A bike ride around the world

Regret for the things we did can be tempered by time; it is regret for the things we did not do that is inconsolable.
— Sydney J. Harris

An introduction to the who, what, when, where, why, and how of our upcoming adventure.

who

We're Jay and Lauren, two Americans from Washington, DC (by way of New York and California, respectively). We'll both be 28 when we set off on our bike ride around the world, giving up a pair of comfortable, full-time jobs (in government and education, respectively) for way more uncertainty, way more discomfort, and—we hope—way more fun.

A really, really long bike ride. We want to see the world, and we think by bike is a great way to do it, so we'll be cycling and camping and cooking our way across quite a few continents, in what we hope will be a really good time. We're not off to set any records, so there'll be a lot more relaxing than racing. We don't really have a route, nor a timeframe, but we are expecting to be on the road for well over a year and definitely hope we'll enjoy our travels enough to make a full loop around the planet.

Frighteningly soon! We'll be hitting the road in June of 2017, a short eight months from now. That's a lot of time to stress, but not so much time to get visas, supplies, vaccinations, flights, and everything else in order. 

Wherever the winds and weather and our own whims take us. We think we'll start in Botswana—though that too might change—and head north from there, to Ethiopia or Sudan or Egypt. Depending on how long it takes us, we may wait out the winter in southern Europe before setting out east, navigating a mess of tricky visas and geopolitical issues to cross central Asia and work our way down to southeast Asia. At some point we'll catch a flight (if not a few)—from Thailand or Malaysia or Indonesia or Australia—and pick up down in South America, steering back toward the States. That said, it's all very indefinite and uncertain: we're not opposed to cutting thing short or taking a different way around, or catching a train, plane, or ferry if certain stretches become just too difficult.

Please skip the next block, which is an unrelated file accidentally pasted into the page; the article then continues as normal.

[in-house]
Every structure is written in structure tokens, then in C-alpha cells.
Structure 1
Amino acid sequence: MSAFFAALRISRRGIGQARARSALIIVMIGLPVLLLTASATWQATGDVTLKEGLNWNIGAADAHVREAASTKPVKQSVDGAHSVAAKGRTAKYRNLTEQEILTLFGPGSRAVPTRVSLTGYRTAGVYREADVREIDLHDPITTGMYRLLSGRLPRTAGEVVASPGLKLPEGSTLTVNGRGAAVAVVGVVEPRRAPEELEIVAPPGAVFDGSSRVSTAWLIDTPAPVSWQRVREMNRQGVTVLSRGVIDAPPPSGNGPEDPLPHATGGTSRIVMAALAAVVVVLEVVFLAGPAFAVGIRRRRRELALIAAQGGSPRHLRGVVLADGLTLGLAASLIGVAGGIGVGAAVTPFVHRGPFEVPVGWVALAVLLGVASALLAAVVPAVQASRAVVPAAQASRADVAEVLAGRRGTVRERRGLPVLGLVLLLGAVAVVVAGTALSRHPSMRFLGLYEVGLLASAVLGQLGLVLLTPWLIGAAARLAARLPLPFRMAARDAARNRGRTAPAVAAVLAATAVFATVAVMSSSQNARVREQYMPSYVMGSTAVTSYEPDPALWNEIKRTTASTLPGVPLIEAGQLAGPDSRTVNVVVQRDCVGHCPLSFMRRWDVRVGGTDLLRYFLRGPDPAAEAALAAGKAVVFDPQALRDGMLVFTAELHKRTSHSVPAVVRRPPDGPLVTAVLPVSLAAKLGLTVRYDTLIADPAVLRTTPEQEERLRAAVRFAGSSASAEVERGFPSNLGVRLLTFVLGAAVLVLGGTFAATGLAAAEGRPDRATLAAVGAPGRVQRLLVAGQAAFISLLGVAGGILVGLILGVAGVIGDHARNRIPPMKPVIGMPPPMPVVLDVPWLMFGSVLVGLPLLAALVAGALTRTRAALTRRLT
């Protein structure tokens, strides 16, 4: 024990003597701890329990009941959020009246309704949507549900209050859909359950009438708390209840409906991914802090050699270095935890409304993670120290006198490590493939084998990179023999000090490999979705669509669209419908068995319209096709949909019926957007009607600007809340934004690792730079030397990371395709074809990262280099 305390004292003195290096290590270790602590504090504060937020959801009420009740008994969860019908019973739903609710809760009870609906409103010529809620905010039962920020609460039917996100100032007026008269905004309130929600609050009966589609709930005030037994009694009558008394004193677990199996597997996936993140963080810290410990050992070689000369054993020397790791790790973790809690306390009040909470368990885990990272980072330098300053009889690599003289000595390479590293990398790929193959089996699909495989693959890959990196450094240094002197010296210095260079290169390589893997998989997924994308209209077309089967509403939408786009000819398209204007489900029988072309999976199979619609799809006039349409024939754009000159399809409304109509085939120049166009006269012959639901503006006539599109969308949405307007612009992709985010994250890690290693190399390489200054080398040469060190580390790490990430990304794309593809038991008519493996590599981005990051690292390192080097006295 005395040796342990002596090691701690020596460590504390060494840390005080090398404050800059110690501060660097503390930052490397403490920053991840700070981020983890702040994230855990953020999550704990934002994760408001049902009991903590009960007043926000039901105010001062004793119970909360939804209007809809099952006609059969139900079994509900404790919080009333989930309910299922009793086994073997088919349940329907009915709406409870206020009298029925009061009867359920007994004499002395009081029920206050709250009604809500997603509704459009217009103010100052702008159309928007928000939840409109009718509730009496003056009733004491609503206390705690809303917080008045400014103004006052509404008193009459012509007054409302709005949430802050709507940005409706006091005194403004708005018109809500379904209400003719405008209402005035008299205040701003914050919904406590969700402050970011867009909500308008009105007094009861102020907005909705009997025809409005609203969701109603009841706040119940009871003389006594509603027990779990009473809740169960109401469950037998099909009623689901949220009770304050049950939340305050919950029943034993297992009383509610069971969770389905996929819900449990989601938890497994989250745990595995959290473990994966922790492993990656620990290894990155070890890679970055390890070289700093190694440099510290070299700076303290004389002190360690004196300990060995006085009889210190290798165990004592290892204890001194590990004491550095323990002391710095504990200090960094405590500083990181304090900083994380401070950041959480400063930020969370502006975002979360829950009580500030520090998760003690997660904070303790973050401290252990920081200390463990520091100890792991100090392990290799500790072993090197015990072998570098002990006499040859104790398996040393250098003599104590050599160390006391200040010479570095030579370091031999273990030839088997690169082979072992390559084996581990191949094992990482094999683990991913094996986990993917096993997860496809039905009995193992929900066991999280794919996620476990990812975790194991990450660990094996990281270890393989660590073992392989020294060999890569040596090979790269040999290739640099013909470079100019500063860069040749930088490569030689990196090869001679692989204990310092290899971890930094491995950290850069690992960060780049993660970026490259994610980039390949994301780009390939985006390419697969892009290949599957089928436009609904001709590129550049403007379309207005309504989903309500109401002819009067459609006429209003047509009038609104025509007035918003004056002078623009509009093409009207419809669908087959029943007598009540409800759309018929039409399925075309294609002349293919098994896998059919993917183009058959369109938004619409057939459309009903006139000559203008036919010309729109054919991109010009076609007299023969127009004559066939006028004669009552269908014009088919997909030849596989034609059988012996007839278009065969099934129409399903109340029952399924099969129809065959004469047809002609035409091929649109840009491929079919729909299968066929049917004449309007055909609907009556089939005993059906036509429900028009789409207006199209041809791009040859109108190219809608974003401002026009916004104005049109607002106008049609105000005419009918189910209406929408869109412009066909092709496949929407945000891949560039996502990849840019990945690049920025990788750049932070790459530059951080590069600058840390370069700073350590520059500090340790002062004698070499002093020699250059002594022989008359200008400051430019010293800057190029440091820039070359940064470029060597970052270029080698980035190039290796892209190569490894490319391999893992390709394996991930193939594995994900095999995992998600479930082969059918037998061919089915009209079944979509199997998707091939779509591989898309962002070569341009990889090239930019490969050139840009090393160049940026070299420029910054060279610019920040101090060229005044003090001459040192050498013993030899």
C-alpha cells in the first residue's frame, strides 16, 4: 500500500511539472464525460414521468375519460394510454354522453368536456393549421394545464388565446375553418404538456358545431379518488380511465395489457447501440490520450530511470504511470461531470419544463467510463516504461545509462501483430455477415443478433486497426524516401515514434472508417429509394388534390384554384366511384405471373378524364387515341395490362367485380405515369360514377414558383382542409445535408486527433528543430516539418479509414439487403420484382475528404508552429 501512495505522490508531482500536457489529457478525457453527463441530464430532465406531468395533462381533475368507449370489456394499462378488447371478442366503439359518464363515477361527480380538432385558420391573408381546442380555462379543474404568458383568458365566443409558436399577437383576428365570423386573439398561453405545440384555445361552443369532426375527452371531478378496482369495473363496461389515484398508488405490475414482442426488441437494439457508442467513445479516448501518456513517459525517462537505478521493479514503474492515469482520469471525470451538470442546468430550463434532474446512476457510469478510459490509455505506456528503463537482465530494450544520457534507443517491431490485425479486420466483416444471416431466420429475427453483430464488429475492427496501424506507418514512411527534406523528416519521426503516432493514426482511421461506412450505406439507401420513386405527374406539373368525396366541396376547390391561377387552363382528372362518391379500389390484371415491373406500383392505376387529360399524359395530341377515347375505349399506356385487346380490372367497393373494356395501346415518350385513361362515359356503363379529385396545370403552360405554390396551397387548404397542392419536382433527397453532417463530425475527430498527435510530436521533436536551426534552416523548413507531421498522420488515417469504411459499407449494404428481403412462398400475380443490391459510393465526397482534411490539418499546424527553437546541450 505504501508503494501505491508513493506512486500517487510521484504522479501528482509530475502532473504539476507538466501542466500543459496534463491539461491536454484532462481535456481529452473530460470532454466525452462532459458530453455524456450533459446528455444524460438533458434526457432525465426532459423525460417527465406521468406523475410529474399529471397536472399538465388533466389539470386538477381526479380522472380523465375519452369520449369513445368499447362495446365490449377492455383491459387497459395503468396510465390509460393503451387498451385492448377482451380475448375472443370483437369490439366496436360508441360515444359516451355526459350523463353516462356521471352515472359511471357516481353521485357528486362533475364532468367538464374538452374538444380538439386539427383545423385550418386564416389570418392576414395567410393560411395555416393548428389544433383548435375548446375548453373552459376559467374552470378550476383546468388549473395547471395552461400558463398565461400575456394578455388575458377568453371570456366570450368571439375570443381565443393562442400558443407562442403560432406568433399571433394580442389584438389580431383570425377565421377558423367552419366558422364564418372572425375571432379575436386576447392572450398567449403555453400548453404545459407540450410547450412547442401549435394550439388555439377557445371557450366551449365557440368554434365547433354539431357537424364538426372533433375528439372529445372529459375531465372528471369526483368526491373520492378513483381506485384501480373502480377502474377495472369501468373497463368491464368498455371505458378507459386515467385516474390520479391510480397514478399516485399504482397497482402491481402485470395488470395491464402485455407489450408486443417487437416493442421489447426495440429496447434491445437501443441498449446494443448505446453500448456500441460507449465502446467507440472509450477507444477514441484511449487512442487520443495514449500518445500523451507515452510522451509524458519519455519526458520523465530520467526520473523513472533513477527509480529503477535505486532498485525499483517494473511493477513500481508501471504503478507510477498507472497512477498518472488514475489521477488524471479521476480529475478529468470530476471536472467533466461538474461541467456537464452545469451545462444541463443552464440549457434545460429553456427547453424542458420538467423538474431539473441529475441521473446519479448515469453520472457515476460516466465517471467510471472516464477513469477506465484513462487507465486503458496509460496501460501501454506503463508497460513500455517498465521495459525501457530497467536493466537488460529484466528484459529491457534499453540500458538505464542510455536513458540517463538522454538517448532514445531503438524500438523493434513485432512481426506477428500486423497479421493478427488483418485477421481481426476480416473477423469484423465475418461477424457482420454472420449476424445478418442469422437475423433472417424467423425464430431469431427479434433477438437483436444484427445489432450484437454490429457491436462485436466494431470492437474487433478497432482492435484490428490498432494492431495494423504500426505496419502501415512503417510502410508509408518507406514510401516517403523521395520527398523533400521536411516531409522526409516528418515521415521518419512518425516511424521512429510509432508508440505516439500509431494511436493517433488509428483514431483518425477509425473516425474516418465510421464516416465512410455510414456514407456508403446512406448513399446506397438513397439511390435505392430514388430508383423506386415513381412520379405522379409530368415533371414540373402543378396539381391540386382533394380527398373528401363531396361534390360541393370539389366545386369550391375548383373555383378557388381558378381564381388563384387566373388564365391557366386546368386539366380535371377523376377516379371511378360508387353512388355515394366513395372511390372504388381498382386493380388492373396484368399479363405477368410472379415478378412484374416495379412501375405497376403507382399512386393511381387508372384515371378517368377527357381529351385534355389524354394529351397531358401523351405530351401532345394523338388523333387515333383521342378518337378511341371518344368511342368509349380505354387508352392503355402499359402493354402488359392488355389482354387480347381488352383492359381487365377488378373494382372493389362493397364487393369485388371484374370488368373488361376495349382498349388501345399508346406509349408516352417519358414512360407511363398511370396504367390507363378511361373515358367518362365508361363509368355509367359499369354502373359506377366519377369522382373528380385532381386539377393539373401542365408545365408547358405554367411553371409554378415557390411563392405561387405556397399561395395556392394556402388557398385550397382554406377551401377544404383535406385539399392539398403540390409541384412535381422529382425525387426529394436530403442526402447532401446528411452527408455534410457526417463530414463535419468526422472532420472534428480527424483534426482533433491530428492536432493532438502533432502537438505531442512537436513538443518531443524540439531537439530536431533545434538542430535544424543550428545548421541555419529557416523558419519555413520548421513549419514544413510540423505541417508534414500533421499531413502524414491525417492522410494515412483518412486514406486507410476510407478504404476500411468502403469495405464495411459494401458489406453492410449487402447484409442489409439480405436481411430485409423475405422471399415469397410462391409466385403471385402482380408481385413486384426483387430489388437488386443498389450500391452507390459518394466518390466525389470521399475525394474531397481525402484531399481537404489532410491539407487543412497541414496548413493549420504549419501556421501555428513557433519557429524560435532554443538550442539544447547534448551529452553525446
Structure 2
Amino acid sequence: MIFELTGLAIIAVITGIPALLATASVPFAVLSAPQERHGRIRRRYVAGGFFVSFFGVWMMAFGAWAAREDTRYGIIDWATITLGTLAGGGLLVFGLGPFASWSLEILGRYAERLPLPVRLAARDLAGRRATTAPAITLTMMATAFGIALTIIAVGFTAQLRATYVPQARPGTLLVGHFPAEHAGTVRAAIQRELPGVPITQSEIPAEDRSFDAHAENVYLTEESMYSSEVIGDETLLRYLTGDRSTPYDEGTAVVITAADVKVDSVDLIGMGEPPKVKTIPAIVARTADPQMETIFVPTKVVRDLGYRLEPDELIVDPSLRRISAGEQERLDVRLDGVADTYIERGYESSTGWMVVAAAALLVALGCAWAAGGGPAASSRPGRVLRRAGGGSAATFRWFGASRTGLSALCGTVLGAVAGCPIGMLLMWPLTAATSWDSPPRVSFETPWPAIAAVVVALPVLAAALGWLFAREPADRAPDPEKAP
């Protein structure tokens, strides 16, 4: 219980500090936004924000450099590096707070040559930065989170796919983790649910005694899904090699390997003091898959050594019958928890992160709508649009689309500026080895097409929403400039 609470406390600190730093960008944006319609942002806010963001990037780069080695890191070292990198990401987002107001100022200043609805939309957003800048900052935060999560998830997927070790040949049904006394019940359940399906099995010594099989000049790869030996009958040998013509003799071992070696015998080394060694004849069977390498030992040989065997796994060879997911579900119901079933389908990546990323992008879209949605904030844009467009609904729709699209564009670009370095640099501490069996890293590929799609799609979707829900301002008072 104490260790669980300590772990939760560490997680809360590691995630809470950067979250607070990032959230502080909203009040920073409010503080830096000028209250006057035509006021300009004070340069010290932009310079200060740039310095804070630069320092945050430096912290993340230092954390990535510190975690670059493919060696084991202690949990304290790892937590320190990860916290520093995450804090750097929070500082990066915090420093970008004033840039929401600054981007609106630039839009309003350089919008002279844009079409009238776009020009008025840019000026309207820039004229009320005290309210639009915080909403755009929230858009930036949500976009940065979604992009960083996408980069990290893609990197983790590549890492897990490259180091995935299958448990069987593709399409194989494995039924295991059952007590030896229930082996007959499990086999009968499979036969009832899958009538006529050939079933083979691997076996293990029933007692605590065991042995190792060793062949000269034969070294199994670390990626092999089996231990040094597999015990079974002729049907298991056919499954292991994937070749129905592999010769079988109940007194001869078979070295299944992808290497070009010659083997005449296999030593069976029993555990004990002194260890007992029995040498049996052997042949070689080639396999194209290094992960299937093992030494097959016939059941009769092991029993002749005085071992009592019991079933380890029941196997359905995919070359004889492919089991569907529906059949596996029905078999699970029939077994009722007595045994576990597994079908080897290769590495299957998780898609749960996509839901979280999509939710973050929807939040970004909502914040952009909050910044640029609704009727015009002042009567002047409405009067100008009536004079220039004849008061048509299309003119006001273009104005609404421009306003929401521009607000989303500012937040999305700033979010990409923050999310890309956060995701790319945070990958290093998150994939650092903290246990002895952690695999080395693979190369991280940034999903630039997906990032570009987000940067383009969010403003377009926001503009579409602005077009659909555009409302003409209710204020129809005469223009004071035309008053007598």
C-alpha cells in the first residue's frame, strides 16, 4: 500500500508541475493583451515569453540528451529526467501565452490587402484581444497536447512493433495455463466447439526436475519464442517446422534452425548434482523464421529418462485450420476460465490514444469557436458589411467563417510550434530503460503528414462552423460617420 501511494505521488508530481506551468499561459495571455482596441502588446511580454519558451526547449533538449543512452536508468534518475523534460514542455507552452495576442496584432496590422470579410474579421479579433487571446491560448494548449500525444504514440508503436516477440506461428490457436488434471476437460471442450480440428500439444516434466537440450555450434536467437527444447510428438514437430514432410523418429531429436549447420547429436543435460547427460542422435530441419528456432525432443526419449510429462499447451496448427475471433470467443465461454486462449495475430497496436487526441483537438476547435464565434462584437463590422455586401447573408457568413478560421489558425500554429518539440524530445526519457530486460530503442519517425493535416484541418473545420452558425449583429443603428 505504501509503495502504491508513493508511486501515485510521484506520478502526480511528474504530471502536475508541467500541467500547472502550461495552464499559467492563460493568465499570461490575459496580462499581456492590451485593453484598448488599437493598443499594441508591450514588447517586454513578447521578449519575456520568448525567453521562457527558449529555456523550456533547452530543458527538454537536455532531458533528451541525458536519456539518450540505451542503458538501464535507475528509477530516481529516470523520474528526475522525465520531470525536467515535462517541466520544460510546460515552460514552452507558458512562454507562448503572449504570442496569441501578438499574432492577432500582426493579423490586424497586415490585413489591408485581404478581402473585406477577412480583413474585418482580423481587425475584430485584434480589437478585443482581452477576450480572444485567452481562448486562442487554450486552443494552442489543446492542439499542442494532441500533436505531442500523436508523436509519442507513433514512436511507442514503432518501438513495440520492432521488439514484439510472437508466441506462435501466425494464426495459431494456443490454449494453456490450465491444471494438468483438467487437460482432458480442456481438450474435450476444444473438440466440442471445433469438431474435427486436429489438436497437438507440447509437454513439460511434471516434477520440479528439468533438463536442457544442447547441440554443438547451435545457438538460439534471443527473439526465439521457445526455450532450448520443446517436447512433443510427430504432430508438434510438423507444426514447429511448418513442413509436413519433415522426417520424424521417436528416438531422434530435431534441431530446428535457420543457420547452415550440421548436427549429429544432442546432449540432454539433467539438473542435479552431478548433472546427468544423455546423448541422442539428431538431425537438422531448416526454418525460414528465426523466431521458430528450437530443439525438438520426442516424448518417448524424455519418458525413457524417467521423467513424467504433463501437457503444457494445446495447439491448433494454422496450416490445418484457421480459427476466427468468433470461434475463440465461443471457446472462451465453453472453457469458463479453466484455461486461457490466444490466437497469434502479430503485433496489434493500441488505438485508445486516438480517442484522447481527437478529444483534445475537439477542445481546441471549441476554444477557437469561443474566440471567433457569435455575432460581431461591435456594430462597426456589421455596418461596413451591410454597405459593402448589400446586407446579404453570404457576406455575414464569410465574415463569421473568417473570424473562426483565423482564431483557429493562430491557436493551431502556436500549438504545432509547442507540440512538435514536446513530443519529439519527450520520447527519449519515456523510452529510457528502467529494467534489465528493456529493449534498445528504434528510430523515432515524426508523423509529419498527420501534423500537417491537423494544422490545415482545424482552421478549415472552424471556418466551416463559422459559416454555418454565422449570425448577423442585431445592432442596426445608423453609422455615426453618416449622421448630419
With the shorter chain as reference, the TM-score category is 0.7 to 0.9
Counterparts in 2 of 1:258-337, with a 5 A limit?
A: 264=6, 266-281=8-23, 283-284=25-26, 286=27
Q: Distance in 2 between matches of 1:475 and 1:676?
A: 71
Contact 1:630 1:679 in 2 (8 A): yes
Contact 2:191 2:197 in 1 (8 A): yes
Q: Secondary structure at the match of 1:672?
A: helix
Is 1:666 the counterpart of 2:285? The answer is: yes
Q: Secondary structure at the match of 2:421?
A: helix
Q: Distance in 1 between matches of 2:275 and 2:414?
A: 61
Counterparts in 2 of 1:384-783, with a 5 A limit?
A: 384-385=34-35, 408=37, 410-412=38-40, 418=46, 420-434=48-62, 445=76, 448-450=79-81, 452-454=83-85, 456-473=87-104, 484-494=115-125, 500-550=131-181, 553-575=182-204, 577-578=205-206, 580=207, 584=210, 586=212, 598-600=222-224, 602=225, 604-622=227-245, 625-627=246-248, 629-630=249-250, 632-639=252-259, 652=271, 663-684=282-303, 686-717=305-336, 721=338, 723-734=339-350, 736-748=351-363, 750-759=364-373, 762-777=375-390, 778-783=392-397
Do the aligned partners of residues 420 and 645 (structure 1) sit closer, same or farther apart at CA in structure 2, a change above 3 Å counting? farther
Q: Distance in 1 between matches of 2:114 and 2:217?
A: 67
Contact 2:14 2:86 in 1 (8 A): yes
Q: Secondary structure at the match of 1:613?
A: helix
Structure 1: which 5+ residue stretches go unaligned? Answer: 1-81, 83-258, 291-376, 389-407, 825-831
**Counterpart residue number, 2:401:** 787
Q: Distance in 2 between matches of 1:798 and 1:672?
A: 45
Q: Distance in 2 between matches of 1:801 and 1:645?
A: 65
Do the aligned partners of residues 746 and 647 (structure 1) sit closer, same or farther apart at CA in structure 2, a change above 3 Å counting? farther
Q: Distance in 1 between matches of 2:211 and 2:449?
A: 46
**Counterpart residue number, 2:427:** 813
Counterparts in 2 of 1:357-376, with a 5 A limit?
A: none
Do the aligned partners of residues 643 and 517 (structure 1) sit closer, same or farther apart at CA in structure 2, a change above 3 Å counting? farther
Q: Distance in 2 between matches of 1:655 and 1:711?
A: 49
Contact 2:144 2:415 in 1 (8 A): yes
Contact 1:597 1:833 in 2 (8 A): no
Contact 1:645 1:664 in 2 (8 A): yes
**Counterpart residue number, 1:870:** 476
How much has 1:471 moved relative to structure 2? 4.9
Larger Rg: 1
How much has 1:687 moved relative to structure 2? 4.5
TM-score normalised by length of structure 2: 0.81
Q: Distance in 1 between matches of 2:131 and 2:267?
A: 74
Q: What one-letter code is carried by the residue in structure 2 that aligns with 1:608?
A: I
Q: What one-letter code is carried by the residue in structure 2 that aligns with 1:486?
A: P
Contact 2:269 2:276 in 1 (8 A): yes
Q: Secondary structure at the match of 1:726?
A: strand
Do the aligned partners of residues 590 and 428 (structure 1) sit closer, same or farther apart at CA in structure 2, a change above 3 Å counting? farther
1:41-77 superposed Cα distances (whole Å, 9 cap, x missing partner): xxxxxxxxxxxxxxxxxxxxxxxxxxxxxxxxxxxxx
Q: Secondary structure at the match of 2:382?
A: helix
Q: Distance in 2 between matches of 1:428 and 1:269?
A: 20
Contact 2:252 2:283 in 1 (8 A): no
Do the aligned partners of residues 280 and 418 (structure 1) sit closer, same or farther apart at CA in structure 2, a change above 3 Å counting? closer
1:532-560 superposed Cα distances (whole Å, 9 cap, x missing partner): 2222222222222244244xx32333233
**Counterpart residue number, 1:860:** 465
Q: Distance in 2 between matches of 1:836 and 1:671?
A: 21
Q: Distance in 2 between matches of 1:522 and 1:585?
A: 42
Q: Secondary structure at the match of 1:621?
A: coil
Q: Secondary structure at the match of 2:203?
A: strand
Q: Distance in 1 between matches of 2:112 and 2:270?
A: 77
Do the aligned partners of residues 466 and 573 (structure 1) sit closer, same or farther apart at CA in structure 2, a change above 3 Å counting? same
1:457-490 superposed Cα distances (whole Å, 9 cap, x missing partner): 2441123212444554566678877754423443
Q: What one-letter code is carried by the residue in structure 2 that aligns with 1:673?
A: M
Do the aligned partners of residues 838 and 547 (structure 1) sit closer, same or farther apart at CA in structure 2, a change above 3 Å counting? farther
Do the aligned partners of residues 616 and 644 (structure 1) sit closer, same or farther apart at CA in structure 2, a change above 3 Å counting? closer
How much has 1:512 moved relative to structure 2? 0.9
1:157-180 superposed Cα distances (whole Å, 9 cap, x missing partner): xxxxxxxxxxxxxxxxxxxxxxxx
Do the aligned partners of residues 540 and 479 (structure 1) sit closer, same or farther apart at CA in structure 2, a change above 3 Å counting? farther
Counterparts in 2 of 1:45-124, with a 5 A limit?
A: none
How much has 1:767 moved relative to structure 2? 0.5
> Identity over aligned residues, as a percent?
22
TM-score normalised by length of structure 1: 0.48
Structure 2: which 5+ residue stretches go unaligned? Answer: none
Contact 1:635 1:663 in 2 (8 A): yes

Why

We'll be writing a whole lot more about this in the months and years to come, 'cause there's a whole lot to unpack here. Why travel? Why quit your jobs to travel? [UPDATE: 'Quitting one's job to travel the world: costs and opportunity costs'] Why now? Why by bicycle? [UPDATE: 'Why bike around the world? Wouldn't it be quicker to drive?']

So a few short answers for now. For one, we like travel—and each other—a whole lot, and we want to do a lot more of it together. We're young and healthy and we won't always be young and healthy, so it seems like a good time. Our jobs are comfortable and all, but we've both been at them a while, and we know what the next year of employed life looks like for us: lots of days in an office, lots of rushed evenings and rushed mornings, lots of routine and maybe a few short adventures to break things up, but overall not much different than the year before, or the one before that. A bike ride around the world sounds like a hell of an adventure, and we truly won't know what to expect or where we'll be on any given day, and that new horizon and fresh outlook is super-exciting.

We're enthusiastic cyclists in the sense that we love riding our bikes and think that they're great tools to get around and enjoy one's surroundings, but we're not lycra-riding diehards. We don't race and we don't take cycling too seriously. What we love about bike travel is the way it changes your whole experience: your pace, your relationship with the people and environment around you and with yourself. Bikes are a pretty slow way to get around, and for us, that's a good thing. On bikes we learn to appreciate every hill and its eventual descent, to really take in every town or village we pass, no matter how small, to really stop and talk to people and not blow by them at eighty miles per hour. On bikes, a mountain pass is an accomplishment, not just a pretty picture out a passenger window, and it's pretty easy to end each day feeling really good about yourself and what you've done.

Bikes are a clean and quiet and simple way to get around, and a cheap one too. They may make you more vulnerable, sure, but also more approachable. Humans can be an astoundingly generous species, and whether out of amazement or pity or a mix of both, one is likely to be offered more smiles, more encouraging waves, more curious conversations and genuine offers of a bed or a place to camp when biking than by perhaps any other mode of transport.

How

We'll be finding that out soon enough. We plan to mostly pedal, but won't rule out a ride when we're simply not enjoying ourselves or a ferry when there's water standing in our way. We'll camp and cook, sure, but also enjoy the meager comforts of guesthouses, hostels, and restaurants from time to time. We'll be doing it as simply as possible—no support vehicle, no camera crew, no complicated agenda to follow—just two bright-eyed Americans simply cycling into the horizon. 

This site—simplycycling.org—will be our answer to this question. As we get ready to go, and as we leave, and as we travel from country-to-country, we'll be adding our stories and costs and lessons learned, sharing just how we're making it around the world and how, if one were so inclined, they could do the same.


So, those are the basics. We'll be explaining a whole lot more soon, but in the meantime, questions about the trip? We're not sure if we yet have the answers, but let us know in the comments section below. Of course, words of encouragement are also—and always—welcome.